The Secret To Getting An Agent & Getting Your Work Published

Posted by on Jun 9, 2014 in Publishing, Writing | 8 comments

The Secret To Getting An Agent & Getting Your Work Published

For those of you who don’t know, I spent most of 2011 and 2012 trying to get my two novels traditionally published.

I entered contests and I submitted to a plethora of agents and publishers…only to receive a rejection.

You can probably picture how I was feeling.

 

And if you can’t, this GIF from Supernatural sums it up nicely.

So I took a year off.

I spent some of 2012 and all of 2013 learning everything I could about publishing. I interned for Entangled Publishing, I worked as an intern then a staff member of Swoon Romance, occasionally assisted the acquisitions department of Month 9 Books, I wrote like a fiend, read like a lunatic, I researched agents, I rolled out marketing and editing services with Pen & Muse, I found critique partners, I attended conferences, and I learned everything I could about traditional and indie publishing.

I learned a whole lot about what works, what doesn’t work, what agents and publishers like and what they don’t like. I’m not saying taking a year off is the right thing to do for everyone, but it was perfect for me.

Why?

Because I can honestly say that now I know SO much more than before. Before, I was like a mechanic trying to fix a car without ever seeing one before. I was waiting for success to come knocking at my door, all the while getting frustrated that I wasn’t already writing full-time.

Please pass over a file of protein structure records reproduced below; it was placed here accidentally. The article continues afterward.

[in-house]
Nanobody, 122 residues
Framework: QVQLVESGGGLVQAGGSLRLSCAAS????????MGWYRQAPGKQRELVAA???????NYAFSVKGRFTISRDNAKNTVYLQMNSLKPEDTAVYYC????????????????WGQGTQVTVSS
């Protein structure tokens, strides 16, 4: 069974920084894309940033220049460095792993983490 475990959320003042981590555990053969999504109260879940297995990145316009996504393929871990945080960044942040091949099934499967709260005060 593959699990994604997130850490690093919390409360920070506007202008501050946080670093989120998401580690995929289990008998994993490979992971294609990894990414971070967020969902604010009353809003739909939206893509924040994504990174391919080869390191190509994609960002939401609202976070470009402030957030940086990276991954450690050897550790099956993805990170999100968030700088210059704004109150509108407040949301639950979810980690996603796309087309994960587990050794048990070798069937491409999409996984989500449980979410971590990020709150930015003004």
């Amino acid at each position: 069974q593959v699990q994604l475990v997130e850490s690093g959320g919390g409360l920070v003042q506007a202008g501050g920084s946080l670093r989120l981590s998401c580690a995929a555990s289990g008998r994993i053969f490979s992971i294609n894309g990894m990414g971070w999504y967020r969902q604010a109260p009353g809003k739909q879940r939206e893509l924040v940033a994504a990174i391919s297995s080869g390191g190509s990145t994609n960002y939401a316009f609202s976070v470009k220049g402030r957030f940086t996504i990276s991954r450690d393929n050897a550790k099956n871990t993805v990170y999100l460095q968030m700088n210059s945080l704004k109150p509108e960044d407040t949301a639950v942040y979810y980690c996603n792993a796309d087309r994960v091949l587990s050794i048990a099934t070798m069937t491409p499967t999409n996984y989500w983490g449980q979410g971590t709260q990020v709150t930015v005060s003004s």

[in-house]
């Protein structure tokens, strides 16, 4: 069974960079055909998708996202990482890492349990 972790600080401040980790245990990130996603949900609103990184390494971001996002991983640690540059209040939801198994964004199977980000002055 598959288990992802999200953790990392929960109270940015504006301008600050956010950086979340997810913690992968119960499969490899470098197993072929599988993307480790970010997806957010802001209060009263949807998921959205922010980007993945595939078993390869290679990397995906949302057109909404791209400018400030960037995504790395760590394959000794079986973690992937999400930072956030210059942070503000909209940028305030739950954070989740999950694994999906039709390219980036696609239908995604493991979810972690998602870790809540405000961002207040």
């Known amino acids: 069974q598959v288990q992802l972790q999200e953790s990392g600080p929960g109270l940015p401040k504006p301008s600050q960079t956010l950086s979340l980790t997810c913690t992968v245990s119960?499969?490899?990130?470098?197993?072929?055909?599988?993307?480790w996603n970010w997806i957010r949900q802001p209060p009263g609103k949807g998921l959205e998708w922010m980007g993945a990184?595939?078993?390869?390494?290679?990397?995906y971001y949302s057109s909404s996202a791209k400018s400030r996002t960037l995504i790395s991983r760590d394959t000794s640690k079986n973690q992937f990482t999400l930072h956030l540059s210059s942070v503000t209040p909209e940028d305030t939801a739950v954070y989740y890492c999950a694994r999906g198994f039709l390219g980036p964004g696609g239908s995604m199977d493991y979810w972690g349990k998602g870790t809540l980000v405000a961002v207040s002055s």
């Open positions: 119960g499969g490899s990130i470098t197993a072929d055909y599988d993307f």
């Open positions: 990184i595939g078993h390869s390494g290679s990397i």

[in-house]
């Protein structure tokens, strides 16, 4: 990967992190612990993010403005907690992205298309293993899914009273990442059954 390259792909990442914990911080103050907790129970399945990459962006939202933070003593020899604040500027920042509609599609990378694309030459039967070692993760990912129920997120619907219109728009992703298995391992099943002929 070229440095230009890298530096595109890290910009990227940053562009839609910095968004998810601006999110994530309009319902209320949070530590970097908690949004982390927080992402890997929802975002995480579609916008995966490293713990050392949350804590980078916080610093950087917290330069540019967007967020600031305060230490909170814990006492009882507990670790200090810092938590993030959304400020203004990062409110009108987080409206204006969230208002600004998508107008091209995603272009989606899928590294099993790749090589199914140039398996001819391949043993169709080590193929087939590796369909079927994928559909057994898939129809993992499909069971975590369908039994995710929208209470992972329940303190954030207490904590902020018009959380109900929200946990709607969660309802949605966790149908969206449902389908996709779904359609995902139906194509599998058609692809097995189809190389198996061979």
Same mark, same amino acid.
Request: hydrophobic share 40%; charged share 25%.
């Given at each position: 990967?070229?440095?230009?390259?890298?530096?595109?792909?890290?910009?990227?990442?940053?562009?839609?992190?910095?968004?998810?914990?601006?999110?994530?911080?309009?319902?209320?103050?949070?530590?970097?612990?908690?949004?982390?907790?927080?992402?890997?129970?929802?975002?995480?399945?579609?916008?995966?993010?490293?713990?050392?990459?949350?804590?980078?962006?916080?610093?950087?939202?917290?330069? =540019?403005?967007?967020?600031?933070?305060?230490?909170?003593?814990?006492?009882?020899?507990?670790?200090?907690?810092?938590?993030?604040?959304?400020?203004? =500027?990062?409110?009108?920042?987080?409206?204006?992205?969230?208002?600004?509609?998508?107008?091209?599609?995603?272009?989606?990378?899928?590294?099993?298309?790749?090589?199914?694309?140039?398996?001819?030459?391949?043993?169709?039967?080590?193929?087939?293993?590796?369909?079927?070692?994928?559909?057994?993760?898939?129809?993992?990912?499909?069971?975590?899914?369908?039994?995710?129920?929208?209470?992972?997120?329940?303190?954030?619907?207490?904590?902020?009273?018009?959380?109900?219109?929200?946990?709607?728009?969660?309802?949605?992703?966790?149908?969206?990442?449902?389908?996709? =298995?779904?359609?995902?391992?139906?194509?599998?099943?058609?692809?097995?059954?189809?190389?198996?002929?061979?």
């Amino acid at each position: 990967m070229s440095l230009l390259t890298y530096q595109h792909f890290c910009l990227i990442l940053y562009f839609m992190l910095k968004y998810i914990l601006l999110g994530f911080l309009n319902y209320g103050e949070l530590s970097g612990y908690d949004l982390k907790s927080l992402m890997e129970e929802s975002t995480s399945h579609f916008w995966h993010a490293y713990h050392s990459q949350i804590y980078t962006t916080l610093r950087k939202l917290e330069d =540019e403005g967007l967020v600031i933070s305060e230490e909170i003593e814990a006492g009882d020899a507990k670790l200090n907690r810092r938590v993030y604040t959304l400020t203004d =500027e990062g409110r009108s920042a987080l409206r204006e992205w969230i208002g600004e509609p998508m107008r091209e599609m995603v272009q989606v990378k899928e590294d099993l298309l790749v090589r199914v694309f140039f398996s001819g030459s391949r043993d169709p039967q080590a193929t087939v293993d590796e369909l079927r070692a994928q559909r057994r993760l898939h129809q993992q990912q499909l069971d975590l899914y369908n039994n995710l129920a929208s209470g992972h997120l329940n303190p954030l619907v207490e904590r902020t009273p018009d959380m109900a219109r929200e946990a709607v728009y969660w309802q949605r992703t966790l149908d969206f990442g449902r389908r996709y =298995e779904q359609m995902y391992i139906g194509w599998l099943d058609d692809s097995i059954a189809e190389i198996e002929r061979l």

But here’s the truth. Success doesn’t ever come knocking at your door.

Success is a combination of hard work, dedication, and sometimes a little luck.

After being away from my two ready-to-publish manuscripts for over a year, I opened them recently. I wasn’t sure whether to laugh or cry when I read them. They were awful. They were something that I would have rejected during my time working for those publishers. They read like a rough first draft. They had typos, some of the characters are flat, and one lacks a plot arc.

But I was in such a hurry to be a published author that I ignored what was right in front of me. I wanted instant results. But who is going to buy a car from you if it’s missing wheels and an engine? (I’m not sure what’s with my car examples but just go with them.) In fact, it’s likely that no one will buy the car until it’s ready. Until all pieces are assembled. And it works well. And it looks nice. Right?

So what the hell was I thinking when I was trying to sell a manuscript that was missing the proper parts?